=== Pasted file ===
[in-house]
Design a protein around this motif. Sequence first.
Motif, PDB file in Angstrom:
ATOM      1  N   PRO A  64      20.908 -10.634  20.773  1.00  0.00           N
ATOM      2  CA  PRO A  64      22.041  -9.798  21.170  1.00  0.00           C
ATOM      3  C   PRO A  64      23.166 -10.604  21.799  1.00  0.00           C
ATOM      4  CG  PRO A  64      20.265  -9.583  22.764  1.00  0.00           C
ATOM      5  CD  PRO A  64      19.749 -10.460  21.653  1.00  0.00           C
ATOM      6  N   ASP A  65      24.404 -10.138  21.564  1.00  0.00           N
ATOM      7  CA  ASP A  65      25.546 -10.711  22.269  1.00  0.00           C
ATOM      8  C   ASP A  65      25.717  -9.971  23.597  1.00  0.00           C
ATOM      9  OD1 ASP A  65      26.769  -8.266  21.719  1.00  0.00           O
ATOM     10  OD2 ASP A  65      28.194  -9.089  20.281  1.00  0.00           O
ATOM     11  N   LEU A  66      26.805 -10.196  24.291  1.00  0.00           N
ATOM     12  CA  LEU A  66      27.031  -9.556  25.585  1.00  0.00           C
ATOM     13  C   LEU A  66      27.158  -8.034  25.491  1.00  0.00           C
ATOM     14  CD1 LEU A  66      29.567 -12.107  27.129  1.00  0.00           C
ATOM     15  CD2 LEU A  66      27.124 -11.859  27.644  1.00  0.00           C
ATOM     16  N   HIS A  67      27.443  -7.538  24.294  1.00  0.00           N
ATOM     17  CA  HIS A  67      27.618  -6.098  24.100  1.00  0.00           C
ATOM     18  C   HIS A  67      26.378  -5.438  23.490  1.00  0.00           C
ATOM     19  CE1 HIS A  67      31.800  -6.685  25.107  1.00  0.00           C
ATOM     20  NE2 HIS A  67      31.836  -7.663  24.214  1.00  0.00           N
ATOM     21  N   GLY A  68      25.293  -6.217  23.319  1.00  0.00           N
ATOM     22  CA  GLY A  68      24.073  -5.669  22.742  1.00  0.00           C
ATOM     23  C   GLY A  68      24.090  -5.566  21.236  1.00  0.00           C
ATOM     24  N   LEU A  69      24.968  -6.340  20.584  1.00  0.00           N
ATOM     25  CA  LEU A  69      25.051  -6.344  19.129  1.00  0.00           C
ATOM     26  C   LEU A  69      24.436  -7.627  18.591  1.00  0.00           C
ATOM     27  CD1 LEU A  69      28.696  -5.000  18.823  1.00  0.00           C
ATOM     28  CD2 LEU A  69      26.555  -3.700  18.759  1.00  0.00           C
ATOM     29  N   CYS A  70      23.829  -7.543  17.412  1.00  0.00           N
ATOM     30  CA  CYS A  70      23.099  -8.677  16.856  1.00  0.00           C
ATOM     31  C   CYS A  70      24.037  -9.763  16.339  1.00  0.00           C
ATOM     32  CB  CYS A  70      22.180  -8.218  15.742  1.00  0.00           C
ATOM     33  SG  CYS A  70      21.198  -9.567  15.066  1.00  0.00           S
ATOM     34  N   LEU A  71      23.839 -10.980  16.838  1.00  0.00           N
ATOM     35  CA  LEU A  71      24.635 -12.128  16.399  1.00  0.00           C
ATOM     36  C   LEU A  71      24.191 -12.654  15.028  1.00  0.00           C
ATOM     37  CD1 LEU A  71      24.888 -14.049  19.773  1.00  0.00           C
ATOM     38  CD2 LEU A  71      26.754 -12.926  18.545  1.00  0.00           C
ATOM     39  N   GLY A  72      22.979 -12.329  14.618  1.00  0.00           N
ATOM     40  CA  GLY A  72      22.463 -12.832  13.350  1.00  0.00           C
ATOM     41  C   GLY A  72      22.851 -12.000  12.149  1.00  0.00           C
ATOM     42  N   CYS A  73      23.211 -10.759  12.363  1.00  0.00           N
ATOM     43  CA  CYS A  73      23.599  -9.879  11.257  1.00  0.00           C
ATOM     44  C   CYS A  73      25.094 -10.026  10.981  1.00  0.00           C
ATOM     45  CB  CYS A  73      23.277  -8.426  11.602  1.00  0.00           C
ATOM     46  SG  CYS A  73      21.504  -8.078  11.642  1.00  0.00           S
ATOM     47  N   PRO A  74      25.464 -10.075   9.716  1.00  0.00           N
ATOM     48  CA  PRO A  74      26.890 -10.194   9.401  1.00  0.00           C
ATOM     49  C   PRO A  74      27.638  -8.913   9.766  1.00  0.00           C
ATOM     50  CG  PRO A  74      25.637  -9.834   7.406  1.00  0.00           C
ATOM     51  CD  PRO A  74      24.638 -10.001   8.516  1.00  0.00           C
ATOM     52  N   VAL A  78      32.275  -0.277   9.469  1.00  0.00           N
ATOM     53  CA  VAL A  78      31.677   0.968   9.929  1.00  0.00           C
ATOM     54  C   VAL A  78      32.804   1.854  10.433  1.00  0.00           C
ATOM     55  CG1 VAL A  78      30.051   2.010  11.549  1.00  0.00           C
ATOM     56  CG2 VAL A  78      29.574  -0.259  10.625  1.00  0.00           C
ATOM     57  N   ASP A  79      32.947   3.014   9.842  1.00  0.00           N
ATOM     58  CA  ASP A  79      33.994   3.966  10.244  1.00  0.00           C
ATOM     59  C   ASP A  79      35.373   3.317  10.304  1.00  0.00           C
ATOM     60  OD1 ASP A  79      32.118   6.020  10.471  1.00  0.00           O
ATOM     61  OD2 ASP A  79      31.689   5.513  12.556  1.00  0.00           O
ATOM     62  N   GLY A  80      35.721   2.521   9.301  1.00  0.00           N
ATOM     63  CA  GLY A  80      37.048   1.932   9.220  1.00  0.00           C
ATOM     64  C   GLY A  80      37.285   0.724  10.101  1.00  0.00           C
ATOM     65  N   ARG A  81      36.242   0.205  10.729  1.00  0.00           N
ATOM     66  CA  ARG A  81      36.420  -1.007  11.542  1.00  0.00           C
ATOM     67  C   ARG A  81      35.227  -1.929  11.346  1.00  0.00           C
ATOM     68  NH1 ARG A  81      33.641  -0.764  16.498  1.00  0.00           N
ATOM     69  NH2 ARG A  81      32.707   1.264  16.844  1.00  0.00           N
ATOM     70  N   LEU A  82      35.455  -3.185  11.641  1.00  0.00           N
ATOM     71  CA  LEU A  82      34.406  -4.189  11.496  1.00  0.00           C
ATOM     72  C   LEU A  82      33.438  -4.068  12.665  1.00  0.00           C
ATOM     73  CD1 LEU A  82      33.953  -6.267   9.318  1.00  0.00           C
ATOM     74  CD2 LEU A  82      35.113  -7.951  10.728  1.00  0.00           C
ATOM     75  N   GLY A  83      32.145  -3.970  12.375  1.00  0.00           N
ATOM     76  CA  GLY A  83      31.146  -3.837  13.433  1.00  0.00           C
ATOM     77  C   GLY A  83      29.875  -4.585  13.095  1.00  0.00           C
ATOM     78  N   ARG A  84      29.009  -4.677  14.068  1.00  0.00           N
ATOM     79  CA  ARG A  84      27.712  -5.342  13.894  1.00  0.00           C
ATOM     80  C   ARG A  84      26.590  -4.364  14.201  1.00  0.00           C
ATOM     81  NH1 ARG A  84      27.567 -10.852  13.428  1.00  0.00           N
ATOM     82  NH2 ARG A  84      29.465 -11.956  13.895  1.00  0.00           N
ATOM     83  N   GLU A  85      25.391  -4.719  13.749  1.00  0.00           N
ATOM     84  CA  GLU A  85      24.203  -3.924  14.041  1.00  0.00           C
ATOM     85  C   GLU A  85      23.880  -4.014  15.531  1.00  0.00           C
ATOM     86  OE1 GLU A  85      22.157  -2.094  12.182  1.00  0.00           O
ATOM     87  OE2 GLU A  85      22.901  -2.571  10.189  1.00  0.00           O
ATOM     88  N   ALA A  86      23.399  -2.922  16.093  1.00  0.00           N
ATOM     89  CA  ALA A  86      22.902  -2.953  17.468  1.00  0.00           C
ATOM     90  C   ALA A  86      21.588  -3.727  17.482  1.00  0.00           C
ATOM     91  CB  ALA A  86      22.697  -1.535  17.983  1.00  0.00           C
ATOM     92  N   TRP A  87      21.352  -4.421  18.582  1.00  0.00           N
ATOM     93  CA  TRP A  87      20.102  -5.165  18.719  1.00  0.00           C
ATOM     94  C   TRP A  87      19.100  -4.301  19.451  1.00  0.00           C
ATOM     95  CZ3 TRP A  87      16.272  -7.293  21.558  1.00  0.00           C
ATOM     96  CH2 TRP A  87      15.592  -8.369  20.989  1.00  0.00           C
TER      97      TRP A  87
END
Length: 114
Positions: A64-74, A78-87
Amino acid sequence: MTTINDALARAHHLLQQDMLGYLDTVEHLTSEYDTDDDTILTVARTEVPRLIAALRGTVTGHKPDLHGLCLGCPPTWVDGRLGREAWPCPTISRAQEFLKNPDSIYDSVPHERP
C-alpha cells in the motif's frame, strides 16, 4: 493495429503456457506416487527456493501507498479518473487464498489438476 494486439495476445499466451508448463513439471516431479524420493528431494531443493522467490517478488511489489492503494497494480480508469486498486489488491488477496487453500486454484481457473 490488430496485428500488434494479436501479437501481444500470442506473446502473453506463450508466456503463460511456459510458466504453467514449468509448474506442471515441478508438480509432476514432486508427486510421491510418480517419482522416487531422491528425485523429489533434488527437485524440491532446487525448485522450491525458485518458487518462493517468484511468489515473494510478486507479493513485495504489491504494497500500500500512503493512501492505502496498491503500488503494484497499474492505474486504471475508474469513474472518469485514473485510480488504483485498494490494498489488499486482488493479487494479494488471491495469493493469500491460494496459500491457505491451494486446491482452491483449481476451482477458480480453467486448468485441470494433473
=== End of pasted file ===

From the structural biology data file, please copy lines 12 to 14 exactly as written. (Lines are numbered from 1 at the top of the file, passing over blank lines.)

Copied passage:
ATOM      9  OD1 ASP A  65      26.769  -8.266  21.719  1.00  0.00           O
ATOM     10  OD2 ASP A  65      28.194  -9.089  20.281  1.00  0.00           O
ATOM     11  N   LEU A  66      26.805 -10.196  24.291  1.00  0.00           N